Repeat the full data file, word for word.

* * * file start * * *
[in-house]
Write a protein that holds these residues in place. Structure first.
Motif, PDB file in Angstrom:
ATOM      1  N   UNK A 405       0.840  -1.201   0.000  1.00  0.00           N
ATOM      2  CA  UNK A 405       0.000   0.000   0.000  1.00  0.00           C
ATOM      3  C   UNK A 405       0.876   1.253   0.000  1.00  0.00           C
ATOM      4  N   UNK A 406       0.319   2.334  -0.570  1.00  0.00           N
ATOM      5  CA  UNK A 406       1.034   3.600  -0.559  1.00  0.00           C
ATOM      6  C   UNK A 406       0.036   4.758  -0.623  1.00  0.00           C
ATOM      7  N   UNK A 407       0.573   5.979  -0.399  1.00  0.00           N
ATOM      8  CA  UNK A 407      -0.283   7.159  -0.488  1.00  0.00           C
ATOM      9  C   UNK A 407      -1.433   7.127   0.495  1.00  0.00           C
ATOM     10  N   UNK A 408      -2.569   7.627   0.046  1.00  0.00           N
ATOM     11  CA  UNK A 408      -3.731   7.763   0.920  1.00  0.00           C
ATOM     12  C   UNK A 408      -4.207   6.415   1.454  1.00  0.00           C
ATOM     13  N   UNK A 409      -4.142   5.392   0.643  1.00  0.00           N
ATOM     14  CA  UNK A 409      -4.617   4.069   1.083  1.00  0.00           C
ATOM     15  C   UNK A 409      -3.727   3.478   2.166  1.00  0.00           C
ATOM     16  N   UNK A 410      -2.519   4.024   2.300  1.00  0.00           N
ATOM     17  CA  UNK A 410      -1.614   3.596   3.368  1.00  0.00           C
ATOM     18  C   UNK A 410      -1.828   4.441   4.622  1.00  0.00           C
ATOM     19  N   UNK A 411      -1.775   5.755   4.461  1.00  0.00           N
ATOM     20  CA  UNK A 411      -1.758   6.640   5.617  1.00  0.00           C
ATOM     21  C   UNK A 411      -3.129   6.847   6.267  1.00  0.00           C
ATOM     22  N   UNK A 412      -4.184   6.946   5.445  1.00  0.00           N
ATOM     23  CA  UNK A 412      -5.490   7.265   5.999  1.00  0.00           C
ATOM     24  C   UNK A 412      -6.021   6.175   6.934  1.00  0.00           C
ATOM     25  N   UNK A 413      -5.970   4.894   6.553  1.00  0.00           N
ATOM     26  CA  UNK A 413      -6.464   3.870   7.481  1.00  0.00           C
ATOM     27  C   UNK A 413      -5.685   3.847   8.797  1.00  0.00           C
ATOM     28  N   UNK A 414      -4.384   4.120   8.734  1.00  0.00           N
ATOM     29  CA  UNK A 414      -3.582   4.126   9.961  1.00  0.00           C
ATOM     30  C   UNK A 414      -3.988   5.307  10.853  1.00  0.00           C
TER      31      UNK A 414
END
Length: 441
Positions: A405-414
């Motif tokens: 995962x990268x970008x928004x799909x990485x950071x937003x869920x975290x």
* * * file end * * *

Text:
[in-house]
Write a protein that holds these residues in place. Structure first.
Motif, PDB file in Angstrom:
ATOM      1  N   UNK A 405       0.840  -1.201   0.000  1.00  0.00           N
ATOM      2  CA  UNK A 405       0.000   0.000   0.000  1.00  0.00           C
ATOM      3  C   UNK A 405       0.876   1.253   0.000  1.00  0.00           C
ATOM      4  N   UNK A 406       0.319   2.334  -0.570  1.00  0.00           N
ATOM      5  CA  UNK A 406       1.034   3.600  -0.559  1.00  0.00           C
ATOM      6  C   UNK A 406       0.036   4.758  -0.623  1.00  0.00           C
ATOM      7  N   UNK A 407       0.573   5.979  -0.399  1.00  0.00           N
ATOM      8  CA  UNK A 407      -0.283   7.159  -0.488  1.00  0.00           C
ATOM      9  C   UNK A 407      -1.433   7.127   0.495  1.00  0.00           C
ATOM     10  N   UNK A 408      -2.569   7.627   0.046  1.00  0.00           N
ATOM     11  CA  UNK A 408      -3.731   7.763   0.920  1.00  0.00           C
ATOM     12  C   UNK A 408      -4.207   6.415   1.454  1.00  0.00           C
ATOM     13  N   UNK A 409      -4.142   5.392   0.643  1.00  0.00           N
ATOM     14  CA  UNK A 409      -4.617   4.069   1.083  1.00  0.00           C
ATOM     15  C   UNK A 409      -3.727   3.478   2.166  1.00  0.00           C
ATOM     16  N   UNK A 410      -2.519   4.024   2.300  1.00  0.00           N
ATOM     17  CA  UNK A 410      -1.614   3.596   3.368  1.00  0.00           C
ATOM     18  C   UNK A 410      -1.828   4.441   4.622  1.00  0.00           C
ATOM     19  N   UNK A 411      -1.775   5.755   4.461  1.00  0.00           N
ATOM     20  CA  UNK A 411      -1.758   6.640   5.617  1.00  0.00           C
ATOM     21  C   UNK A 411      -3.129   6.847   6.267  1.00  0.00           C
ATOM     22  N   UNK A 412      -4.184   6.946   5.445  1.00  0.00           N
ATOM     23  CA  UNK A 412      -5.490   7.265   5.999  1.00  0.00           C
ATOM     24  C   UNK A 412      -6.021   6.175   6.934  1.00  0.00           C
ATOM     25  N   UNK A 413      -5.970   4.894   6.553  1.00  0.00           N
ATOM     26  CA  UNK A 413      -6.464   3.870   7.481  1.00  0.00           C
ATOM     27  C   UNK A 413      -5.685   3.847   8.797  1.00  0.00           C
ATOM     28  N   UNK A 414      -4.384   4.120   8.734  1.00  0.00           N
ATOM     29  CA  UNK A 414      -3.582   4.126   9.961  1.00  0.00           C
ATOM     30  C   UNK A 414      -3.988   5.307  10.853  1.00  0.00           C
TER      31      UNK A 414
END
Length: 441
Positions: A405-414
């Motif tokens: 995962x990268x970008x928004x799909x990485x950071x937003x869920x975290x």